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Page 24 - The "Pluck Me" Life and Death of the Company Store

Published by Ronald Caplan on 1973/3/1 (734 reads)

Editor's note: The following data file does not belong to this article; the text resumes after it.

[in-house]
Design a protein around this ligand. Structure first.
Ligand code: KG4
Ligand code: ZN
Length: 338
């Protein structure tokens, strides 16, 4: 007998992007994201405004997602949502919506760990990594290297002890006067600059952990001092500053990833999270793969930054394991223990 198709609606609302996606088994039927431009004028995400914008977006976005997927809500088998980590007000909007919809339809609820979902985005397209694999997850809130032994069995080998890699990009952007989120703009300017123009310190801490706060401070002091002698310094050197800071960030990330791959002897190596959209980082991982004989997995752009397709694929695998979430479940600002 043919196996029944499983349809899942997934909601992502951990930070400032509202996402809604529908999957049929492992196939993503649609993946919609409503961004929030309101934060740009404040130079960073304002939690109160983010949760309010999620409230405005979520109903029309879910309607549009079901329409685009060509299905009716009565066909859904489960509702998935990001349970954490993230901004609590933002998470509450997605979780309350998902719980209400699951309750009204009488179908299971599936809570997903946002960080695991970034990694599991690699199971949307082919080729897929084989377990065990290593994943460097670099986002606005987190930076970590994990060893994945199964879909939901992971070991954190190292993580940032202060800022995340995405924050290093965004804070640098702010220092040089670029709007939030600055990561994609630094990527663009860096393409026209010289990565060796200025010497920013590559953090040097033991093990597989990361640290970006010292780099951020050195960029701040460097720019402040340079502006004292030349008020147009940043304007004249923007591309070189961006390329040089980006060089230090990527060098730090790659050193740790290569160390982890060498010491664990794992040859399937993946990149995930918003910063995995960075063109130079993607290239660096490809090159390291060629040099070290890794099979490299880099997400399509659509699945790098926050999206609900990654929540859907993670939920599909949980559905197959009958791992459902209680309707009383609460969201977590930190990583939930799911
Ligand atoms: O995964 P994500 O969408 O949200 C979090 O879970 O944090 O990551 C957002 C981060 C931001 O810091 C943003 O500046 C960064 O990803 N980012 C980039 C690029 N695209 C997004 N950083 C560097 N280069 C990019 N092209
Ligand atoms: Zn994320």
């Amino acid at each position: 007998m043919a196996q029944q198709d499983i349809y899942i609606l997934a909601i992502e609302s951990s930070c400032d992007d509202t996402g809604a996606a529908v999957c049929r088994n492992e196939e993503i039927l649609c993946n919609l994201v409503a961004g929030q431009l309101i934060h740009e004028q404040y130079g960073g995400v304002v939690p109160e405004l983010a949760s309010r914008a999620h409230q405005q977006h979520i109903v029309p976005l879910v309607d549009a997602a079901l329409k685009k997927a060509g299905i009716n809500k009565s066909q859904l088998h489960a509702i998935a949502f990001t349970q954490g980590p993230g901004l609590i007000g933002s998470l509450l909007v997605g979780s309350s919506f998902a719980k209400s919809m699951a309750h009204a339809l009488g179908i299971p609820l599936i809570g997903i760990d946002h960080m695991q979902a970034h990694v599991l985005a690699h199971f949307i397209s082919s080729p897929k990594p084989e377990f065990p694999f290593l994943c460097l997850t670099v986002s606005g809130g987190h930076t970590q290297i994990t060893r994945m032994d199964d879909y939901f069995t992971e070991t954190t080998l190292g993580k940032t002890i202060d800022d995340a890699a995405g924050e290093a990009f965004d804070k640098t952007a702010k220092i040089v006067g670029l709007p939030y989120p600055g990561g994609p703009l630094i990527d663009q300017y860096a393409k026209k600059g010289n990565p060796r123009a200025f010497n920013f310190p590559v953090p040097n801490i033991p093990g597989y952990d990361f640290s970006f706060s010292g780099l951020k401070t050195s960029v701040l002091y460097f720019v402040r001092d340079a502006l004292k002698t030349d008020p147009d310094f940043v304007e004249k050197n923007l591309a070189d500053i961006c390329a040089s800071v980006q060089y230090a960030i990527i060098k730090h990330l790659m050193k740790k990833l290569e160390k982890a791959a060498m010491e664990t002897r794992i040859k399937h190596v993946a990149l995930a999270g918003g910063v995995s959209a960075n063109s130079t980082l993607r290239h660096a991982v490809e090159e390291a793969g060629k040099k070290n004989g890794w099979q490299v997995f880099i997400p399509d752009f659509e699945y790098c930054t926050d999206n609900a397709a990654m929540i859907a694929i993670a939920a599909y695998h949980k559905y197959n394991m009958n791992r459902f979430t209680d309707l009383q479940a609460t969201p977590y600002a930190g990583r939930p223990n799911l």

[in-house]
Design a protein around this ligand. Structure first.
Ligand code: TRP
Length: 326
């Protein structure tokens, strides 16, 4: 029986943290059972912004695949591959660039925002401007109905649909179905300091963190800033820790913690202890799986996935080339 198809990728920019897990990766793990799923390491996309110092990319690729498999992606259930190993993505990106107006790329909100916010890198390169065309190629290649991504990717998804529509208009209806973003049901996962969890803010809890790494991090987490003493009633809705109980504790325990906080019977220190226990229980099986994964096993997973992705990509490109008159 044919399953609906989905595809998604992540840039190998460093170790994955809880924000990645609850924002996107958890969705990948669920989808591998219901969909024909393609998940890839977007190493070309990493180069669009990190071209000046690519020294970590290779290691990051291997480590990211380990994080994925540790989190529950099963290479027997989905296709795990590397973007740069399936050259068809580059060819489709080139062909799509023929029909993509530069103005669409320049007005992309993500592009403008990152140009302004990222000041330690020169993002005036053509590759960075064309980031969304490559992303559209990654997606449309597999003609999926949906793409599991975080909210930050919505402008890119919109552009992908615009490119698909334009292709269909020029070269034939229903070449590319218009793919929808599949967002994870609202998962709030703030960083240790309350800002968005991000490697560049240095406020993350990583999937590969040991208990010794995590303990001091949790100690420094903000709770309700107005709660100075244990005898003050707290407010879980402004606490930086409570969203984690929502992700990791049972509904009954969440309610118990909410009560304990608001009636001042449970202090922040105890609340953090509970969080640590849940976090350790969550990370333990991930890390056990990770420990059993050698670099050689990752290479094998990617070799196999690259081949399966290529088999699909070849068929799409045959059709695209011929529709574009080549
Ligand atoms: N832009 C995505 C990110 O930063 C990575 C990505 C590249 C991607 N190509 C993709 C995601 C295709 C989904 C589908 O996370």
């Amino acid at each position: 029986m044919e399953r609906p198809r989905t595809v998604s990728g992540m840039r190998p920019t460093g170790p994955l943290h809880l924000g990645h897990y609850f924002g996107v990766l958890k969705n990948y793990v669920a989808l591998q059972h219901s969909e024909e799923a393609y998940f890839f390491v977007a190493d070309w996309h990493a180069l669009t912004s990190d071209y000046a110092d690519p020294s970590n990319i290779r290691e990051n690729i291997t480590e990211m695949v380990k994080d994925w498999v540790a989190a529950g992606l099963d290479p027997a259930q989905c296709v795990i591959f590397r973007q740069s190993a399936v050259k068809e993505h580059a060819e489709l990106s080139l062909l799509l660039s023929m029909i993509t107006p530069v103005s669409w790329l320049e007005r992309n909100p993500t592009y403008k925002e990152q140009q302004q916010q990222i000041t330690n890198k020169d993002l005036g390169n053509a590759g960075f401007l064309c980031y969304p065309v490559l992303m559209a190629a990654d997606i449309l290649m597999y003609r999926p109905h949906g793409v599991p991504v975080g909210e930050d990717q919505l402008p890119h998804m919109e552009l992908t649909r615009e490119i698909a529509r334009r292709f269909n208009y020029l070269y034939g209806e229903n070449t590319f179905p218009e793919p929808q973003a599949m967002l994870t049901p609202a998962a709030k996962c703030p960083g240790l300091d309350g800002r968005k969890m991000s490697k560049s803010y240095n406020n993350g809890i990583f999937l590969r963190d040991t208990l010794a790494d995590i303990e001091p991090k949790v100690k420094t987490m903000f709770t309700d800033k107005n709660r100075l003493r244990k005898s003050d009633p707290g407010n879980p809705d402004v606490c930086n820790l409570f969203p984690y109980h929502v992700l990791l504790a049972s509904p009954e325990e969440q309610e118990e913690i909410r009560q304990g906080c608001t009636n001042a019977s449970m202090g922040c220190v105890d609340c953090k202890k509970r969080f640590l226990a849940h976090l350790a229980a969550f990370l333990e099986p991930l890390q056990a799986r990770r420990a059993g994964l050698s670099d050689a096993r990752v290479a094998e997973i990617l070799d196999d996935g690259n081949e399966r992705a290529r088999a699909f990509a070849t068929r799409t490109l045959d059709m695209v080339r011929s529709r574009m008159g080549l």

THE "PLUCK ME," CONTINUED FROM PAGE 6 - to have a running account in the Stores untill the time of Settlement: when, not withstanding their high wages, from Eight to Tenj sometimes Twelve Dollars per month, exclusive of maintenance, little remains due to them. The facility of grati? fying their appetites, the Vanity of their Wives, and the imagined wants of both, hurries them unawares into irretrievable Debt. This management, besides the neces? sity it creates of paying high wages to the men, to Enable them to drink for the benefit of the Store; at the same time promotes idleness, which is to be remedied only by Encreasing the number of hands (that is. Customers to the Store) for the further benefit of the storekeepers: All which does apparently countinance the rea? sonableness of the present high price of coals...." This is from a report written at Sydney, October 31st, 1794. Richard Brown, in his book The Early History of the Coal Trade, looking back to all that period before the take over by the General Mining Association in 1827, wrote: "All the workmen.,.were allowed rations of beef, pork, bread, and molasses, which were given out weekly. If a man was absent from his work, of course he had to pay for his rations.... The working time, both in the pit and on the surface, extended from 5 A.M.-to 7 P.M., with an allowance of one hour for breakfast at 9 A.M., and the same for dinner at 1 P.M. All hands, being summoned to breakfast by the ringing of the bell, abandoned their work and rushed to the store, whence each, having swal? lowed a glass of raw rum, went to his breakfast. The same process was repeated with regard to dinner, and again at 7 P.M....There were only two pay-days in the year.... As the men, in the meantime, were not furnished with any accoimts of their wages or purchases at the store, they generally found, at the final settlement, that, after paying for clothes, stores, rum &c.;, they had very small balances to receive. We need not wonder that, under this system, the lessees, as has often been asserted, made more profit by the sale of their stores than of their coal." Although not every company store was burned in 1925, it seems clear that with the exception of the one at Donkin, every one on that side of Sydney Harbour was des? troyed. The only company store building standing today is the ??old Baker House at Sydney Mines, which housed a General Mining Association store until it moved out to a larger building. This company store, as it happens, also burned • but that was af? ter the fires of 1925. It stood where the British-Canadian Co-op stands today. Our thanks to the men who shared with us their experiences with the company stores, and to Chris Severance, Director of the Miners Museum, and Robert Morgan for their help; and an especial thanks to Mrs. Clara Steele, Secretary of the Miners Museum at Quarry Point, for her enthusiasm and her aid. You can get a 10-month subscription to ORGANIC GARDENING AND FARMING magazine for $3.00, one-half the regular price. Write to them at Organic Park, Emmaus, Pennsyl- yania 18049. Please tell them you saw this offer in Cape Breton's Magazine. _' J W. StepKervs Lircvited WHOLESALE AND RETAIL BUILDERS SUPPLIES HARDWARE AND PAINTS WOODWORKERS AND MILL WORK Phone the Lumber Number 564-5554 Sydrxey. r ov?v Scotiev A member of the BOLD organization Cape Breton's Magazine/24 A.L. MacEACHERN TRAILER & CAMPER MANUPACTURINC LTD. station Street, North Sydney Manufacturer of "Ranger," Travel Trailer, Pickup Campers, Mobil Homes & Offices and Toppers Complete Service and Repairs All Sizes and Makes Complete line of International Furnaces and Parts Also Service Center for . DOMETIC AND MORPHY RICHARDS Refrigerators THE LARGEST COMPLETE TRAILER SERVICE IN THE EAST Phone:794-7314 Evening Calls:736-3200 Write P.O.Box 121, Sydney Mines A.L. MAC EACHERN
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